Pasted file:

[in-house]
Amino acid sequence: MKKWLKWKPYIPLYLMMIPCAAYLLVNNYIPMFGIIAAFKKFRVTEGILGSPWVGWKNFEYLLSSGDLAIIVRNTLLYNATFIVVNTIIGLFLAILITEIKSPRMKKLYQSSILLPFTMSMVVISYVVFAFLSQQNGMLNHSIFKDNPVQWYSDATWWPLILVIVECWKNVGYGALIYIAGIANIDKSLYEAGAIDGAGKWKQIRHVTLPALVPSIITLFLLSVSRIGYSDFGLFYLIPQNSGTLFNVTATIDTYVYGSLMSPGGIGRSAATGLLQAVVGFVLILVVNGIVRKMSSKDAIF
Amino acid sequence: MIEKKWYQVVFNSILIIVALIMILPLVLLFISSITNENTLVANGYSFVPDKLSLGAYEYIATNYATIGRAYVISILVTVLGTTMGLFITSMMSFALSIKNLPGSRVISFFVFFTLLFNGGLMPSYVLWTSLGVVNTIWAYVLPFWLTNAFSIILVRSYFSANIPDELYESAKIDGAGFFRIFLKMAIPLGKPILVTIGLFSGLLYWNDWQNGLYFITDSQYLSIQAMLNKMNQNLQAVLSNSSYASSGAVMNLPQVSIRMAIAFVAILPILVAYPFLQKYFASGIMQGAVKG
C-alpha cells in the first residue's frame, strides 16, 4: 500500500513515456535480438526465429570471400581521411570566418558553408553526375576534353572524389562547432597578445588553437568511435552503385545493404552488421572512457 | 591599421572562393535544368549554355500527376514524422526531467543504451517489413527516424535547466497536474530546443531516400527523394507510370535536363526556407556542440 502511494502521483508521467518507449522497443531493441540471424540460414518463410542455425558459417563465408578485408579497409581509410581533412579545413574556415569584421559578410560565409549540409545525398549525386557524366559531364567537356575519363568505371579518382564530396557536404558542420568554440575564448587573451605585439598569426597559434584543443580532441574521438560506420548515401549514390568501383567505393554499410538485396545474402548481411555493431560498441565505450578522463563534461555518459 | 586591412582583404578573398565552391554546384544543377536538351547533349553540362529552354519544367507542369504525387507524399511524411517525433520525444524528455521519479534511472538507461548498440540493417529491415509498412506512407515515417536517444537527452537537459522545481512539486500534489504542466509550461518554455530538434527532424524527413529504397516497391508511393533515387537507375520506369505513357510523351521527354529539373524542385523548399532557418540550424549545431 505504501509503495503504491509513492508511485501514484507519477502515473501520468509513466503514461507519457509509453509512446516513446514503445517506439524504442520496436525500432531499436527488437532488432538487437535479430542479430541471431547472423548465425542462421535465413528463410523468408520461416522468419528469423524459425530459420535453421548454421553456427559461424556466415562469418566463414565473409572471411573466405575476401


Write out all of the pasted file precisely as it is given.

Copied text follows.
[in-house]
Amino acid sequence: MKKWLKWKPYIPLYLMMIPCAAYLLVNNYIPMFGIIAAFKKFRVTEGILGSPWVGWKNFEYLLSSGDLAIIVRNTLLYNATFIVVNTIIGLFLAILITEIKSPRMKKLYQSSILLPFTMSMVVISYVVFAFLSQQNGMLNHSIFKDNPVQWYSDATWWPLILVIVECWKNVGYGALIYIAGIANIDKSLYEAGAIDGAGKWKQIRHVTLPALVPSIITLFLLSVSRIGYSDFGLFYLIPQNSGTLFNVTATIDTYVYGSLMSPGGIGRSAATGLLQAVVGFVLILVVNGIVRKMSSKDAIF
Amino acid sequence: MIEKKWYQVVFNSILIIVALIMILPLVLLFISSITNENTLVANGYSFVPDKLSLGAYEYIATNYATIGRAYVISILVTVLGTTMGLFITSMMSFALSIKNLPGSRVISFFVFFTLLFNGGLMPSYVLWTSLGVVNTIWAYVLPFWLTNAFSIILVRSYFSANIPDELYESAKIDGAGFFRIFLKMAIPLGKPILVTIGLFSGLLYWNDWQNGLYFITDSQYLSIQAMLNKMNQNLQAVLSNSSYASSGAVMNLPQVSIRMAIAFVAILPILVAYPFLQKYFASGIMQGAVKG
C-alpha cells in the first residue's frame, strides 16, 4: 500500500513515456535480438526465429570471400581521411570566418558553408553526375576534353572524389562547432597578445588553437568511435552503385545493404552488421572512457 | 591599421572562393535544368549554355500527376514524422526531467543504451517489413527516424535547466497536474530546443531516400527523394507510370535536363526556407556542440 502511494502521483508521467518507449522497443531493441540471424540460414518463410542455425558459417563465408578485408579497409581509410581533412579545413574556415569584421559578410560565409549540409545525398549525386557524366559531364567537356575519363568505371579518382564530396557536404558542420568554440575564448587573451605585439598569426597559434584543443580532441574521438560506420548515401549514390568501383567505393554499410538485396545474402548481411555493431560498441565505450578522463563534461555518459 | 586591412582583404578573398565552391554546384544543377536538351547533349553540362529552354519544367507542369504525387507524399511524411517525433520525444524528455521519479534511472538507461548498440540493417529491415509498412506512407515515417536517444537527452537537459522545481512539486500534489504542466509550461518554455530538434527532424524527413529504397516497391508511393533515387537507375520506369505513357510523351521527354529539373524542385523548399532557418540550424549545431 505504501509503495503504491509513492508511485501514484507519477502515473501520468509513466503514461507519457509509453509512446516513446514503445517506439524504442520496436525500432531499436527488437532488432538487437535479430542479430541471431547472423548465425542462421535465413528463410523468408520461416522468419528469423524459425530459420535453421548454421553456427559461424556466415562469418566463414565473409572471411573466405575476401